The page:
There is a discernible rise in inwards investment. International organisations and companies are willing to make a stake in Pakistan. French car-maker Renault are the latest such to announce that they are to start assembling cars in Pakistan by 2018. This was announced by the Board of Investment (BOI) and at least in part is down to some determined lobbying in France by finance minister Ishaq Dar and the chairman of the BOI itself. Renault are to invest around $100 million in the expansion of capacity at the Ghandara plant and the knock-on effects are going to be significant.
The government has wanted to break the monopoly some might say stranglehold which Japanese brands have on the Pakistan car market. The model that Renault are to introduce is the Duster, a compact SUV that will be priced at around Rs2.5 million or cheaper than Japanese 1500cc vehicles, and a cheaper still 1200cc model will be introduced. Toyota, Suzuki and Honda all assemble vehicles locally but at prices that the Duster is going to undercut, as well as exceed the Japanese vehicles in terms of quality of build and specification.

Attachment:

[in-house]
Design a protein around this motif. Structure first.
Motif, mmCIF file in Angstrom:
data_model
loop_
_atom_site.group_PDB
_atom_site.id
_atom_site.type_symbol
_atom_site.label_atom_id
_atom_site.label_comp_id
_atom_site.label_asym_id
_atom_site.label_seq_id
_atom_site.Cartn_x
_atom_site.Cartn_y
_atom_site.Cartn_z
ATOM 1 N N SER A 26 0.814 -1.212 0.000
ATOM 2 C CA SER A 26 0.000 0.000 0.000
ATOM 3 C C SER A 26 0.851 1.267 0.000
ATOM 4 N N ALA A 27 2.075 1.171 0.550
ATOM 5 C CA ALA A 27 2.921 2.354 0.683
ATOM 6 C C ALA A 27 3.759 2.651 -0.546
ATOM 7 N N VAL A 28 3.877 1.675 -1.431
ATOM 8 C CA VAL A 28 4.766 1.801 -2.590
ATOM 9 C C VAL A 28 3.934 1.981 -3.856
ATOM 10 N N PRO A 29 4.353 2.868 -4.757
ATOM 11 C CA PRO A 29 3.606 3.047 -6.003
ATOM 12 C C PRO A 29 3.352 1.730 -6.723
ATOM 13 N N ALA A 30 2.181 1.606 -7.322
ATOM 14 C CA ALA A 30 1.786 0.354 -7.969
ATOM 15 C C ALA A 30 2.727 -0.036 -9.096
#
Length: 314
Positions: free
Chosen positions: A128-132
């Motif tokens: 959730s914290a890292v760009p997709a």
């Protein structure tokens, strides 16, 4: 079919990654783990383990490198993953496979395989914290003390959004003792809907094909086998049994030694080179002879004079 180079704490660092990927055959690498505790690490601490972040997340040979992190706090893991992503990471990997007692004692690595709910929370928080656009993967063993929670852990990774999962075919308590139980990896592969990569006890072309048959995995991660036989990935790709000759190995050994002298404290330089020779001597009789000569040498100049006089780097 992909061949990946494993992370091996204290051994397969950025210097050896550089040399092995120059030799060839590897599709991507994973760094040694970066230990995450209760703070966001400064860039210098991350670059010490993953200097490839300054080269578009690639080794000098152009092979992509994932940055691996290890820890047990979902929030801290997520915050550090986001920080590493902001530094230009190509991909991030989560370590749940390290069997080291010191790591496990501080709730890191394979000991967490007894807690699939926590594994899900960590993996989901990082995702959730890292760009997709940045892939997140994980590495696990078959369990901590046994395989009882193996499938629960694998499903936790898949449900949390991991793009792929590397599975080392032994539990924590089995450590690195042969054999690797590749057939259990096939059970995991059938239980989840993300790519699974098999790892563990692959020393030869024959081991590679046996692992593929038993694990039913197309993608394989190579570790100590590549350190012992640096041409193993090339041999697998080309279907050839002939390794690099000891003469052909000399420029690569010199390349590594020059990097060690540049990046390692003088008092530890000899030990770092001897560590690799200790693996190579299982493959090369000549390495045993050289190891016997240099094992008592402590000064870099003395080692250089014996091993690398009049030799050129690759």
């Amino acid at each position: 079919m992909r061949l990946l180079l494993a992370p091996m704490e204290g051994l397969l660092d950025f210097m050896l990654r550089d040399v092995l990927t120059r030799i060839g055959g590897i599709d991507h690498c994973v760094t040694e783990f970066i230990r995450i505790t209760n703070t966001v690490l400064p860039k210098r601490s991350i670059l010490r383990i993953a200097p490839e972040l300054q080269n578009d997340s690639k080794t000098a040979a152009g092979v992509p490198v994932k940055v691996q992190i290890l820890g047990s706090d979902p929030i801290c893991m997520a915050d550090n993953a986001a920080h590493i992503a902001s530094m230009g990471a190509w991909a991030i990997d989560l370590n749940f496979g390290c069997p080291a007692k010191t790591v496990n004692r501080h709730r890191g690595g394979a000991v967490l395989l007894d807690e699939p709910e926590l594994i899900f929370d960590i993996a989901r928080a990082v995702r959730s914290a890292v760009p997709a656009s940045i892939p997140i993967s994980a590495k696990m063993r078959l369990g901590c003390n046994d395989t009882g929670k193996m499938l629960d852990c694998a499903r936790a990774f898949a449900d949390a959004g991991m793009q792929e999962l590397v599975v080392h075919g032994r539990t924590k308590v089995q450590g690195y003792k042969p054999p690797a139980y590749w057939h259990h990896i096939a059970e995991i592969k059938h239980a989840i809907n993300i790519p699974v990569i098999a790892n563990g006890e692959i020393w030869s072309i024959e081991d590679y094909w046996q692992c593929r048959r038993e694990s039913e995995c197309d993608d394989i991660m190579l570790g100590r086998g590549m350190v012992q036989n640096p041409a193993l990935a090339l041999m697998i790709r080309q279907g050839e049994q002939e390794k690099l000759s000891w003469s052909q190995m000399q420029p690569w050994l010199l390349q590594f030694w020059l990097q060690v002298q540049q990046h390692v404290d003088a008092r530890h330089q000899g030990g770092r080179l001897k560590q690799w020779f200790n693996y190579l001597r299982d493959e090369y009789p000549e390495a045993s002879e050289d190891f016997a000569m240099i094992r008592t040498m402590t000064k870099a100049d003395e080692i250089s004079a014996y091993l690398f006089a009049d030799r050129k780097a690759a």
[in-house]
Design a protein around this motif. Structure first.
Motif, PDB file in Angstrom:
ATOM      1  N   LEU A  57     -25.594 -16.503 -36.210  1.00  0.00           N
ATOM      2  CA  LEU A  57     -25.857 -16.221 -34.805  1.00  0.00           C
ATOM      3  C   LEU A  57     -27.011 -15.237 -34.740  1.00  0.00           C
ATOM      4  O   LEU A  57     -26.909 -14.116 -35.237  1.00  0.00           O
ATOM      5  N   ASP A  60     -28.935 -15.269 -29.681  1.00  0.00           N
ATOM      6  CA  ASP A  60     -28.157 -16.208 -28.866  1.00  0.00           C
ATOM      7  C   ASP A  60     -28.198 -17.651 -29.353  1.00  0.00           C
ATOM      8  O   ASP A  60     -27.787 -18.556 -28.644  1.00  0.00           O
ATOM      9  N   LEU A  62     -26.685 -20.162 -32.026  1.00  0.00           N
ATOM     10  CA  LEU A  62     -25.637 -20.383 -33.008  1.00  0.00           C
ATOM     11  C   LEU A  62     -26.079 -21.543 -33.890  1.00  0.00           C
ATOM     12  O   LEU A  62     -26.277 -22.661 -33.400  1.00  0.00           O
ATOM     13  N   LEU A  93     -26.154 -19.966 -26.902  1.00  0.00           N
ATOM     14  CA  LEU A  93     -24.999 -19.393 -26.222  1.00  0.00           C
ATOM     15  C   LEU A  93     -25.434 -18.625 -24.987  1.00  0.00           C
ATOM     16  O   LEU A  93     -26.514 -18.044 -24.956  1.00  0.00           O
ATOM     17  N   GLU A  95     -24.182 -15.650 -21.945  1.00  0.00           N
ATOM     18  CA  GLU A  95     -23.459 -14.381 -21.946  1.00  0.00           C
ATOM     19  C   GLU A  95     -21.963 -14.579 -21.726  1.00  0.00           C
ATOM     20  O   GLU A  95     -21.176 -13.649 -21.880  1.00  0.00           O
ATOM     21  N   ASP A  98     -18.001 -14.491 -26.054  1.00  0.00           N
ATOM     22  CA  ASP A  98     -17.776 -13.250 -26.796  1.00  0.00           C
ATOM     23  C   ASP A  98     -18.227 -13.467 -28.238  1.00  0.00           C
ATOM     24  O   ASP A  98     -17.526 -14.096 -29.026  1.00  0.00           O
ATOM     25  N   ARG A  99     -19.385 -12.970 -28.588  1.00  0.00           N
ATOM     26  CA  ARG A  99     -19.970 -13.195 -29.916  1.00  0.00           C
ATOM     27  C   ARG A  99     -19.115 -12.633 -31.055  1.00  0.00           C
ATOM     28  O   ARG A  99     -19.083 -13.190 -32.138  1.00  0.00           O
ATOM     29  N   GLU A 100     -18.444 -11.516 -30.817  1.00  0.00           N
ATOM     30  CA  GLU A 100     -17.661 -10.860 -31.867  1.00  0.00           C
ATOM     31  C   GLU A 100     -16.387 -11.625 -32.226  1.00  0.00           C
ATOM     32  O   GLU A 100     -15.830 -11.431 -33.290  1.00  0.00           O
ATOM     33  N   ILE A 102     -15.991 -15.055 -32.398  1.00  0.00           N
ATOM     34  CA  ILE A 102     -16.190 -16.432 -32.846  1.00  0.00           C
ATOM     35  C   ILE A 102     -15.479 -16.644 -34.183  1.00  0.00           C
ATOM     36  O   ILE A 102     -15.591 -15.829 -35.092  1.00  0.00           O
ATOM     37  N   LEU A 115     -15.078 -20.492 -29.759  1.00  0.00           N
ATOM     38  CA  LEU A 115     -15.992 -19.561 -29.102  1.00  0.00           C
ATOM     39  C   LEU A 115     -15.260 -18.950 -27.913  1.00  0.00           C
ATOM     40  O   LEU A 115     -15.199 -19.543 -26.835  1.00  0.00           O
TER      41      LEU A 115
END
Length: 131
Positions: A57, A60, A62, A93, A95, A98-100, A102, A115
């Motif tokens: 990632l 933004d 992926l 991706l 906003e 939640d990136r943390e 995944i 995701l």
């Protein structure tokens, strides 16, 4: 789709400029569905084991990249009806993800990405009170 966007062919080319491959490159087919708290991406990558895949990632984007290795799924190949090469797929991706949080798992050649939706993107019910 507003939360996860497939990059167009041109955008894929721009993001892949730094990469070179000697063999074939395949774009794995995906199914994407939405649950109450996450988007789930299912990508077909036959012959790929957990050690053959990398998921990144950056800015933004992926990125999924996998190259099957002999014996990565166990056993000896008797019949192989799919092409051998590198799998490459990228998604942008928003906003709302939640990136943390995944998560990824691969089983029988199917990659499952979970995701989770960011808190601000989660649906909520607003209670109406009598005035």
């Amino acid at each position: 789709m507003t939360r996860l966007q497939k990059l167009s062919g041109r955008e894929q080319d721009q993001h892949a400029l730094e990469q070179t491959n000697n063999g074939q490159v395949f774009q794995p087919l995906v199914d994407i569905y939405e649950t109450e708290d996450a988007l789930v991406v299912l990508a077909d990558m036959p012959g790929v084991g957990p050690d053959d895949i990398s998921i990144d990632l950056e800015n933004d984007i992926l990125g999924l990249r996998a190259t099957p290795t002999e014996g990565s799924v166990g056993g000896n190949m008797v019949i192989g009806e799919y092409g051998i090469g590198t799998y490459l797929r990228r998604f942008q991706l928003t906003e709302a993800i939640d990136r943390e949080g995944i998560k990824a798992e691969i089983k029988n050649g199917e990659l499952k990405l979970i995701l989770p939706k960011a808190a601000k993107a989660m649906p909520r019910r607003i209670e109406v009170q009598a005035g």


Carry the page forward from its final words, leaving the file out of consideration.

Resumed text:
It is a pleasant change to report that a government initiative, namely the offering of attractive incentives and concessions to foreign investors, has paid off. Government representatives promoting Pakistan abroad can rightly point to an improvement in the security environment in the last two or three years, a stock market that is one of the best performing in the region and a widening arterial infrastructure that is going to feed into easier and cheaper distribution of imported products. If Renault are confident to put significant amounts of money into Pakistan then that is going to ease the anxieties of other inwards investors – Paramount Fine Foods of Canada have also announced their entry into Pakistan in the last week albeit on a smaller scale but another confidence indicator – then a cautious optimism is justified. Persistence has paid off with Renault and we hope for similar results for the future.